Federal Debt: A Heavy Load

The debt continues to grow, but record-low interest rates could ease the long-term damage.

Illustration of Uncle Sam carrying heavy debt burden
Illustration by Fatinha Ramos
(Image credit: Illustration of Uncle Sam carrying heavy debt burden)

As recently as 2007, the amount of federal government debt—Treasury securities held by the public—was just 35% of gross domestic product. At the end of 2019, it was 79%, and it’s likely to hit 104% in 2021. It only gets worse: The debt will likely rise to 109% by 2030 and approach 200% of GDP by 2050, according to estimates from the Congressional Budget Office. Those estimates don’t include another fiscal stimulus (which was being negotiated at press time) and assume Congress won’t extend tax breaks scheduled to expire in 2025.

For most of us, that kind of balance sheet would be ruinous. Interest rates would eat away at our income, making it difficult to pay expenses. Certainly, that has been the traditional view of the federal government’s debt: As rising deficits increase the amount of interest the government must pay each year, there’s less money available for other things. There have also been concerns about what would happen if China and other foreign investors were to stop buying Treasury securities. A deluge of debt would flood the market, and interest rates would have to rise to entice investors to buy it. That would cause interest rates on consumer and business loans to follow suit, which would hurt the economy.

So, should we worry? Well, yes and no.

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Reasons to be fearful. All things being equal, it’s better to have low debt than high debt. Interest rates are very low right now, but they could rise in the future. Economists have generally believed that a country should try to keep debt levels as a percentage of GDP steady over time, increasing debt during economic downturns and paying it down during good times. When the debt piles up year after year, it reduces the government’s ability to stimulate the economy when the next recession comes around. Governments that try to finance their deficits by increasing the money supply (usually by having the central bank buy the government’s debt) risk triggering inflation—and in especially bad cases, hyperinflation. In Germany in the 1920s, shoppers needed a wheelbarrow full of cash to buy a loaf of bread. Scholars believe this led to political instability that fueled the rise of Adolf Hitler.

bar chart of historical federal borrowing

Reasons to relax. The U.S. has the world’s largest economy and a sound financial system. Central banks around the world hold more dollars than any other currency. Most of the world’s exports and imports are priced in dollars. The world’s investors flock to U.S. Treasury securities because they are the safest in the world, with close to zero risk of default. That allows the U.S. Treasury to continue to sell its bonds despite low interest rates.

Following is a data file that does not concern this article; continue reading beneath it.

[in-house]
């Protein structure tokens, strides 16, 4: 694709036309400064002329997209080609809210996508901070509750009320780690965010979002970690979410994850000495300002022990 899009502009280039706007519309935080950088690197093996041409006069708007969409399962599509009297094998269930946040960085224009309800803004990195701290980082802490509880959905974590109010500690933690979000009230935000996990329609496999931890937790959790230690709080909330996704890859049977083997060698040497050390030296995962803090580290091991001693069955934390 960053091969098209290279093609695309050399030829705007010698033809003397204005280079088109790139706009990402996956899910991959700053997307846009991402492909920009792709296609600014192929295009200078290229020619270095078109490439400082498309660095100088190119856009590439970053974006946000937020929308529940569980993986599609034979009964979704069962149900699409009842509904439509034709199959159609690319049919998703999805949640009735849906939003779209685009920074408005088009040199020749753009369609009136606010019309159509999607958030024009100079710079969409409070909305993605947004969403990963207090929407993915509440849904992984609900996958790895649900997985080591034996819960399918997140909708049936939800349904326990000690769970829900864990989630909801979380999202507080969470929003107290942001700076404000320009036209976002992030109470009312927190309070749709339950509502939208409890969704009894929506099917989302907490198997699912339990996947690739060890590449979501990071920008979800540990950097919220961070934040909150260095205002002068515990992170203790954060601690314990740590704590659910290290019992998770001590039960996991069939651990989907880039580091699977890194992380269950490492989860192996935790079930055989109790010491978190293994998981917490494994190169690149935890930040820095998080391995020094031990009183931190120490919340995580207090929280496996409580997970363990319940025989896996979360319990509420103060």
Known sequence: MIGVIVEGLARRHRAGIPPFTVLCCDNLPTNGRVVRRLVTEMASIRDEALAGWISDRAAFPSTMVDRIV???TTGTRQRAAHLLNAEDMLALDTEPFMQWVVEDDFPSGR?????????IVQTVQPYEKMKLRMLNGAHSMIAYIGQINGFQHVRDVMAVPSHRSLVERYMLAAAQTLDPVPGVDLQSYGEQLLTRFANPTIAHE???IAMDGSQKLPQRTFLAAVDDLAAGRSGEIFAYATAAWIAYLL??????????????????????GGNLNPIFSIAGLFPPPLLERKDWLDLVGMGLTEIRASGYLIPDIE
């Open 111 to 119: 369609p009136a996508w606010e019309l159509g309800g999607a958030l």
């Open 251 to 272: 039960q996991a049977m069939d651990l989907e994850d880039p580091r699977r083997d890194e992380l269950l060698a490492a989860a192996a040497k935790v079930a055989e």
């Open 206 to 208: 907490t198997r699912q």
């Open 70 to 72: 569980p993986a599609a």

The Federal Reserve has signaled that it won’t raise short-term interest rates for the next three years, so we can expect the rates the government pays to stay relatively low for a long time. Low rates keep interest from eating up ever larger portions of the government pie.

In addition, the debt may never have to be fully paid back. As mentioned earlier, the Federal Reserve could buy government debt. Ordinarily, that would cause inflation. But since the early 1990s, something strange has happened: Inflation has been a constant 2% to 3% every year, regardless of whether federal government debt has increased or decreased. After the government increased spending in the wake of the Great Recession, inflation barely budged. A decline in oil prices since 2015 has helped, but there has been no inflationary reaction to debt levels, even when the unemployment rate fell to 3.5% in early 2020.

Conventional wisdom has long held that a country was in trouble if its debt exceeded 100% of GDP. But Japan’s debt has risen to 266% of GDP with no accompanying inflation. The government issues bonds, and the Bank of Japan buys bonds that aren’t purchased by the public. Japan’s example has changed the way economists think of risk for highly developed countries, and many think the U.S. could tolerate a high level of debt as well.

Whichever side you come down on, you can expect the government to run large deficits (relative to GDP) for a while and the Federal Reserve to keep interest rates low for as long as inflation behaves. Although low rates hurt income-seeking savers, they tend to buoy the stock market, which is beneficial for investors who have money in stocks and stock funds. As for how this trend will affect the overall economy, the only certainty is that we’re traveling in uncharted territory.

David Payne
Staff Economist, The Kiplinger Letter

David is both staff economist and reporter for The Kiplinger Letter, overseeing Kiplinger forecasts for the U.S. and world economies. Previously, he was senior principal economist in the Center for Forecasting and Modeling at IHS/GlobalInsight, and an economist in the Chief Economist's Office of the U.S. Department of Commerce. David has co-written weekly reports on economic conditions since 1992, and has forecasted GDP and its components since 1995, beating the Blue Chip Indicators forecasts two-thirds of the time. David is a Certified Business Economist as recognized by the National Association for Business Economics. He has two master's degrees and is ABD in economics from the University of North Carolina at Chapel Hill.